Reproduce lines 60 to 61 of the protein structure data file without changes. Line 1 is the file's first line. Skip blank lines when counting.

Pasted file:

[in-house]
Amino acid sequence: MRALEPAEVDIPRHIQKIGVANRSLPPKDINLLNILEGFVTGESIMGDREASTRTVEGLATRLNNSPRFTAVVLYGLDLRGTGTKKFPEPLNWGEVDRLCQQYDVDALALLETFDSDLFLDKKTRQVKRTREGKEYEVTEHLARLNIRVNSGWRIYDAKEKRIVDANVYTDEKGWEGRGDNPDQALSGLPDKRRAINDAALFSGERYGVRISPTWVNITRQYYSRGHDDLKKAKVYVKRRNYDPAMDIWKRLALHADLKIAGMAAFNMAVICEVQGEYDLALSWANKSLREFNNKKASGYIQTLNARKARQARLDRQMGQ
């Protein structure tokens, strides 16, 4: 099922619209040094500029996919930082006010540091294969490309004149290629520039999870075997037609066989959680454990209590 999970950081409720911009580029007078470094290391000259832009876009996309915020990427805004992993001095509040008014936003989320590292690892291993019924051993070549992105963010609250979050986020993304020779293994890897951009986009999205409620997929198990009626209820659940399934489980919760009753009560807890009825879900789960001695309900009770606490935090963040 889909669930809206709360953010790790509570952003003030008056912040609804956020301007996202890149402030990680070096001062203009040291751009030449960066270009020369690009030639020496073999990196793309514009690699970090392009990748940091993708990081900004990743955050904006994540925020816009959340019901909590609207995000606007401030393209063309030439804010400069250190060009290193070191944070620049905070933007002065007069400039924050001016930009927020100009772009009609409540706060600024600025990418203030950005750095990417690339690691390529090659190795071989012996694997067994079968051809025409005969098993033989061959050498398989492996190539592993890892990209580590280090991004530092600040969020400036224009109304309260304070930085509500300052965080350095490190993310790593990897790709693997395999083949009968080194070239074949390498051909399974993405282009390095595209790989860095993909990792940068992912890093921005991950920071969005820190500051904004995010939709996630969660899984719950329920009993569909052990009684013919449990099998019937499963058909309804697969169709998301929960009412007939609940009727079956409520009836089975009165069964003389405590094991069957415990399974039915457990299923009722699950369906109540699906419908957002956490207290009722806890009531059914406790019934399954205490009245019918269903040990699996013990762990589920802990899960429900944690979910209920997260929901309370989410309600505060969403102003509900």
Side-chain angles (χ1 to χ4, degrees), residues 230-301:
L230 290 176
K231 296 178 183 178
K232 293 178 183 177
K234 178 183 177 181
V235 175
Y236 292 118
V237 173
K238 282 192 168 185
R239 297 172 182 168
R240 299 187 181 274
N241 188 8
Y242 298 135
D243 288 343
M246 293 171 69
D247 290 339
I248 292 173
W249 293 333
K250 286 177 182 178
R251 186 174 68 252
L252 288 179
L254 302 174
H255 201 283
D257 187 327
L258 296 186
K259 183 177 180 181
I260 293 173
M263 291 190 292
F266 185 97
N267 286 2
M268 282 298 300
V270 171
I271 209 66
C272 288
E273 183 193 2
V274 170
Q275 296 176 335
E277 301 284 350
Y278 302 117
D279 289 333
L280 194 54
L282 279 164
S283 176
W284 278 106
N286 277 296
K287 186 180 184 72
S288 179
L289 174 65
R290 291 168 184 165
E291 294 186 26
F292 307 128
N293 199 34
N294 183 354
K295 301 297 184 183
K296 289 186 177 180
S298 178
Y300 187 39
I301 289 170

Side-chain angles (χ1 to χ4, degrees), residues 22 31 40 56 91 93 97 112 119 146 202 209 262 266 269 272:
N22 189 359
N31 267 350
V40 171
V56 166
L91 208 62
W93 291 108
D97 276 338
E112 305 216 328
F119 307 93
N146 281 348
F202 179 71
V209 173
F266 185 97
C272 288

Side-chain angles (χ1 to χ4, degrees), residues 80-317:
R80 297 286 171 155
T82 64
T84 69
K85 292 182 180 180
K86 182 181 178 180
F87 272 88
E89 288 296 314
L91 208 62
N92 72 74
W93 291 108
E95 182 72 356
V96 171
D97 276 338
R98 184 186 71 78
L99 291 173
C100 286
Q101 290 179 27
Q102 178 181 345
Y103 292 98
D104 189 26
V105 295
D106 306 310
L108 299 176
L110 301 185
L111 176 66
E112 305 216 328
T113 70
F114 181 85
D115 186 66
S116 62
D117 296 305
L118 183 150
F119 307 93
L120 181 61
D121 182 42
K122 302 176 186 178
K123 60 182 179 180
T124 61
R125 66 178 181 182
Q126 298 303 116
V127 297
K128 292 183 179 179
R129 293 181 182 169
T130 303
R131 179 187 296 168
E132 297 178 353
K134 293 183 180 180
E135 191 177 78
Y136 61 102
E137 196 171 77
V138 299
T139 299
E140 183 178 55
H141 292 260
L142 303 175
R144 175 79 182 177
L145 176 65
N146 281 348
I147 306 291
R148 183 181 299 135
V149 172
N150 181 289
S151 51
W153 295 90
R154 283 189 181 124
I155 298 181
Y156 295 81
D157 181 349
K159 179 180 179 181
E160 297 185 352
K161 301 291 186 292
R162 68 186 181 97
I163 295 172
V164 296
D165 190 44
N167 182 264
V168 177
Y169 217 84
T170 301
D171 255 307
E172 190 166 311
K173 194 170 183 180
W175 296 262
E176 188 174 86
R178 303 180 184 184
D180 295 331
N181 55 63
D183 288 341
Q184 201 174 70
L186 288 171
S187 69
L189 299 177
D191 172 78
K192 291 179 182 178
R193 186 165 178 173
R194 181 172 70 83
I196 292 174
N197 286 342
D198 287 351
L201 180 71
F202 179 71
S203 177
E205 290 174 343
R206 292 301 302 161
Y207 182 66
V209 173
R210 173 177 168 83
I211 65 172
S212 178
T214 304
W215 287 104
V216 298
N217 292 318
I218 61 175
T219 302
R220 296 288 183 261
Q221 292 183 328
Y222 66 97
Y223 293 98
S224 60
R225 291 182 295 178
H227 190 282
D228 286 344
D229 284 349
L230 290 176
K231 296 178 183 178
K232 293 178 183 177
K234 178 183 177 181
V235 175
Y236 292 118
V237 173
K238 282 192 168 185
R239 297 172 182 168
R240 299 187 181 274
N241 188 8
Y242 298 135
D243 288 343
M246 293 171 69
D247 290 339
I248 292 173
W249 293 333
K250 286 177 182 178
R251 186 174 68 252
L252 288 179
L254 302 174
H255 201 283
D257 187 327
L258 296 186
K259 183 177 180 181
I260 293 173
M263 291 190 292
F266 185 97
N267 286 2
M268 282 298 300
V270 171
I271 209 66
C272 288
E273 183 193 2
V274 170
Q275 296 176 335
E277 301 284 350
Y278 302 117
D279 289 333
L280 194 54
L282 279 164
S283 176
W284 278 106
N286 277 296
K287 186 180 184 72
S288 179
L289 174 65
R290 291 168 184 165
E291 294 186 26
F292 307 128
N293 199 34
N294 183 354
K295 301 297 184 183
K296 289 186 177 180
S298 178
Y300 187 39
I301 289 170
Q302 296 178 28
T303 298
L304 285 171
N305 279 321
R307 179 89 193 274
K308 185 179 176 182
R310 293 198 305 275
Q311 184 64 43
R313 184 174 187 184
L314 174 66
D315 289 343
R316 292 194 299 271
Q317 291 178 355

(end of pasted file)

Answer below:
Y300 187 39
I301 289 170